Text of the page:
From Madness to Method - January 2, 2020

It's still weird to write 2020.

Today is my last day of vacation & I go back to the library tomorrow. I liked the idea of working just one day to prepare for Monday, but still have the weekend. If that makes sense.

It has been on my mind lately that I spend a lot of time preparing for projects - thinking about them, buying supplies, setting up templates & materials, but I sometimes don't get to the project itself. Or I get to it, but I'm burnt out on it. I'm not sure if I've got company in that or not, but I assume others feel that way. Prep-crastination? Haha

I kept that in mind today as I came into the art room to work more thoughtfully on the Watercolor Explorations class I'm taking from Laura Horn. I've watched the first video at least three times already, and I keep mucking around, but not really putting my head into the work.

Part of the problem is that i don't have the exact colors she uses in the demonstrations. Is it OCD that keeps me from feeling like I can do the assignments unless I have them? I noticed I was procrastinating again, so I chose colors as similar as I could from my own selection and JUST DID THE WORK.


I've been painting with watercolors since I was about 16 years old, but I still like to take classes. I feel like I missed something in college (not sure what, exactly) and I enjoy seeing watercolor through the eyes of different instructors. They have to do abstract work, not realism! It's also beneficial for me to see the other colors & palettes that these artists use. Laura Horn used Amazonite, Mayan Blue Genuine, Perylene Maroon, Moonglow and Quin Gold Deep + a few others that I substituted since I didn't have her colors. (confession: I ordered them)

For years I kept using the same few shades of Prussian blue, alizarin crimson, hooker's green, yellow ochre and ultramarine blue. There are about 100 different shades in my collection now, but it's habit to stick to the familiar ones. I tried making a game of choosing different colors by making Popsicle sticks with each color. The game would be to choose ones randomly out of the little jars, but it wasn't very satisfying to do (but it was really fun PREPARING THEM). Here are the Popsicle sticks:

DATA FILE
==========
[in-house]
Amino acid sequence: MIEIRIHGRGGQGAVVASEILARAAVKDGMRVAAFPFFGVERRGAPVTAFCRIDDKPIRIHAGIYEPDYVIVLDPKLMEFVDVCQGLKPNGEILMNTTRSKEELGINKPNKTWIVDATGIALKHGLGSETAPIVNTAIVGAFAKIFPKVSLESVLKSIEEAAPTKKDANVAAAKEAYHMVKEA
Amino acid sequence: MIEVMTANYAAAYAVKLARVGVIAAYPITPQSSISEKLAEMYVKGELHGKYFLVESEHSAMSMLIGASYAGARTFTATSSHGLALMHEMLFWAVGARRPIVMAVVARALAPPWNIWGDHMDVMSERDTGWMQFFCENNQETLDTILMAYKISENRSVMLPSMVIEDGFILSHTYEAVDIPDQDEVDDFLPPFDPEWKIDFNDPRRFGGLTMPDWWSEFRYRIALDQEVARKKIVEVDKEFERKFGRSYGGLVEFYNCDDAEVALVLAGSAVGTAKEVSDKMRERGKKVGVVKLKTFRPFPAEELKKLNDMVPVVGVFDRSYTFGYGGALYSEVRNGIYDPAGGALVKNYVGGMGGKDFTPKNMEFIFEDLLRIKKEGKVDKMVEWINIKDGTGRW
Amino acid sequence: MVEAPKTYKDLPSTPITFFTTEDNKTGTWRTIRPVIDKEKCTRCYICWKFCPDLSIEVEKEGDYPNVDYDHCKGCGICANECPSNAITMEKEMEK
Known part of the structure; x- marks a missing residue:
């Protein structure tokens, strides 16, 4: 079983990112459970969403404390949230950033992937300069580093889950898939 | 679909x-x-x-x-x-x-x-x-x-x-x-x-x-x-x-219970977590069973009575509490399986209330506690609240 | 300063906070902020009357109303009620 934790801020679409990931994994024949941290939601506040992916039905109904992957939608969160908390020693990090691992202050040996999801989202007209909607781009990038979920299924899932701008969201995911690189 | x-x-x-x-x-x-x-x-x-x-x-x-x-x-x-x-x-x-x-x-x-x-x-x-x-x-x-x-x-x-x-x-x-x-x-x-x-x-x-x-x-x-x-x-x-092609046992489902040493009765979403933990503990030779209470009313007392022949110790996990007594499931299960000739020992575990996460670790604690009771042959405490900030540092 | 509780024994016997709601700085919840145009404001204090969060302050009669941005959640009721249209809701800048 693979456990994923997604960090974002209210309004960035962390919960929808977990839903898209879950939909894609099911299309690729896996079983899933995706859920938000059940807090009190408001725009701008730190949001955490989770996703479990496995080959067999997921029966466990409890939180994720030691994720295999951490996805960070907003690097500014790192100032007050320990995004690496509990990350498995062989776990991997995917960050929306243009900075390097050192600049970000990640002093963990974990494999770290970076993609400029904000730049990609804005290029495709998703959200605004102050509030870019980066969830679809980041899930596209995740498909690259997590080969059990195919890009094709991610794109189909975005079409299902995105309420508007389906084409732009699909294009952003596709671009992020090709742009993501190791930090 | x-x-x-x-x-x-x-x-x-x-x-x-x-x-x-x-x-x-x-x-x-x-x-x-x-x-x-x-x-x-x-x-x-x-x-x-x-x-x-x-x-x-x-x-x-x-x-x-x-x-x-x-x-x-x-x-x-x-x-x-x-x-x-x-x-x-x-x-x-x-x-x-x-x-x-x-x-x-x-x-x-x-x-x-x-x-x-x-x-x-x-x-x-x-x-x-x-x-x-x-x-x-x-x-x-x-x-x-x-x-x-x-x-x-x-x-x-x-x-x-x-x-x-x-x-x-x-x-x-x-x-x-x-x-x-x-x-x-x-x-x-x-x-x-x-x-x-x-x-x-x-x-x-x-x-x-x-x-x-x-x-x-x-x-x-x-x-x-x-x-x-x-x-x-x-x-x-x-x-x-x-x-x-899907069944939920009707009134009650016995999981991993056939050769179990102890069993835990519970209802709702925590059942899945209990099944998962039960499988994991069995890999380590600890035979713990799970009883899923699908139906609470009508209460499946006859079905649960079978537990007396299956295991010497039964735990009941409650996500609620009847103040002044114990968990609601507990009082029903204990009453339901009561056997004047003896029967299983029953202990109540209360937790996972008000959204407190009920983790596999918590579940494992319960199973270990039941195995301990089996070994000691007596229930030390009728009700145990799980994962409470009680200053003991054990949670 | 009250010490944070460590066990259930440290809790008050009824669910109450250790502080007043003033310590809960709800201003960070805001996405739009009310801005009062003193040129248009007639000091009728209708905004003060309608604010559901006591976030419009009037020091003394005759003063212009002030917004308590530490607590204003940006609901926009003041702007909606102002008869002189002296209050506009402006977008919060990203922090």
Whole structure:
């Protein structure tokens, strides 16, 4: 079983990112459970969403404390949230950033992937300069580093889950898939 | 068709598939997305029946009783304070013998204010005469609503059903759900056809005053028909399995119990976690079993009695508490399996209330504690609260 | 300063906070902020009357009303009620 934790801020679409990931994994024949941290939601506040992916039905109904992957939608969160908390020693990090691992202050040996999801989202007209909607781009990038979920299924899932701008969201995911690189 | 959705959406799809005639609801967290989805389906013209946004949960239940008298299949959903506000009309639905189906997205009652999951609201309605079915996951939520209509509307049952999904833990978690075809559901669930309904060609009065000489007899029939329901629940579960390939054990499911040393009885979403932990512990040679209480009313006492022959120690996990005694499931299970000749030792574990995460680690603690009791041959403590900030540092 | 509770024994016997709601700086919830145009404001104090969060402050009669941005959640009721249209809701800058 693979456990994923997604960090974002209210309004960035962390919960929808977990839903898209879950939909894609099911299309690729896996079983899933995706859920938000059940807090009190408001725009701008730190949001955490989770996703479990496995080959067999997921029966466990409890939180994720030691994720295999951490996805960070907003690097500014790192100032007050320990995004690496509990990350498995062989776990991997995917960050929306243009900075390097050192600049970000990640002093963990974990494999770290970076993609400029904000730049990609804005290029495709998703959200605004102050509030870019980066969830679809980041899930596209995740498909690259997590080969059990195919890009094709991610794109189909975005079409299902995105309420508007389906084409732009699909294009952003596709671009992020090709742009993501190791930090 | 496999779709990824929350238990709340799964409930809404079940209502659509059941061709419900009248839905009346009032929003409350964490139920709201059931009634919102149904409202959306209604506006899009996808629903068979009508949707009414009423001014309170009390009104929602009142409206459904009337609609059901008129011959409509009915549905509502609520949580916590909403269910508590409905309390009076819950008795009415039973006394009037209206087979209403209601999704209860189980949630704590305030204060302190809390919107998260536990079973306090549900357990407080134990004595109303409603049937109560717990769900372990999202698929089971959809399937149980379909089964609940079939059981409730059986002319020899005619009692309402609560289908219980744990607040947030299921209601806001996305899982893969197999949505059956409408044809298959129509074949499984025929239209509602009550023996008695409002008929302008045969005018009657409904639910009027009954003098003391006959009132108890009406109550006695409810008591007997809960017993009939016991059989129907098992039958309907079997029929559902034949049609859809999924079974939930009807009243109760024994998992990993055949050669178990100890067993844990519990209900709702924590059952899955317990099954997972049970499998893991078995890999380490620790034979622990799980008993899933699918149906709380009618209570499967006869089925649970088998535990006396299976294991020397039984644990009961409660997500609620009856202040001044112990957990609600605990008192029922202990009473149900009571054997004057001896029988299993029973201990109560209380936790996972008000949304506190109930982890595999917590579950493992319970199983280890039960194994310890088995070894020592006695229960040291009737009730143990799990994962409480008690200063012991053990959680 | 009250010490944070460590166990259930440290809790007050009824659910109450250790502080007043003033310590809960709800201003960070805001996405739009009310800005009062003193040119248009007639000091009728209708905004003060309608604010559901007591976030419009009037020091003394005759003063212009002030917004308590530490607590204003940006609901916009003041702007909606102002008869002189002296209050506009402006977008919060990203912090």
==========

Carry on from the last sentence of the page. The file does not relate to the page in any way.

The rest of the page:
That's a Danielle Donaldson print hanging around on top of the sticks. Convenience is everything...



After I did the color swatches, I made myself mark the lesson complete and watched the second one: brushstrokes. It's funny, but I realized that I had ZERO desire to do this lesson - I thought different brushstrokes would be really gimmicky and I dread that in my work. I have a hard enough time being "authentic" in the first place. 

The lesson was surprising to me after I made myself actually do it. I learned. 

Duh.

I found myself trying all the different brushes she demonstrated (Danielle Donaldson did a similar lesson and it made me go out an purchase a bunch of brushes) - filberts, angled, spintop & flat. Before this, I'd only ever bought round brushes! And trying the techniques, too. Laura didn't just show "wet into wet, wet into dry, drybrush, & splatter". She made marks using all sides of the brushes & demonstrated the kinds of shapes each brush was good at - the circles intrigued me. I have always been a square-lover. 



This brush is called a filbert grainer. It's a 1/4" that I bought on a whim (it was cheap) and didn't really know how to use. Laura had a fan brush and she showed how to create crosshatched lines with it. This brush is the closest I have to anything that makes parallel lines. This is going to sound boring because I keep saying it - but it was intriguing! I'd never bothered with drybrush layers in watercolor. I see now it was a missed opportunity...


The next lesson (woohoo!) was wet into wet. I thought it would be boring, but it wasn't. Again, those circles were fun. And the colors were more fun. I've never used these colors before. Surprise - I even experimented with mixing the colors. (I used to do that a lot when I only used five colors, but not since I got 100 colors)

The moral of the story is: 1) stop preparing so long and just jump in. You can always have a do-over. and 2) try everything. Even if you think you know it. Because you might be surprised.


My art room has a west-facing window. When I saw the blazing pink sky outside, I got my phone and ran out the front door to snap this. Maybe we'll have underground power lines someday, but even with them, it's beautiful. I'm lucky to be alive.

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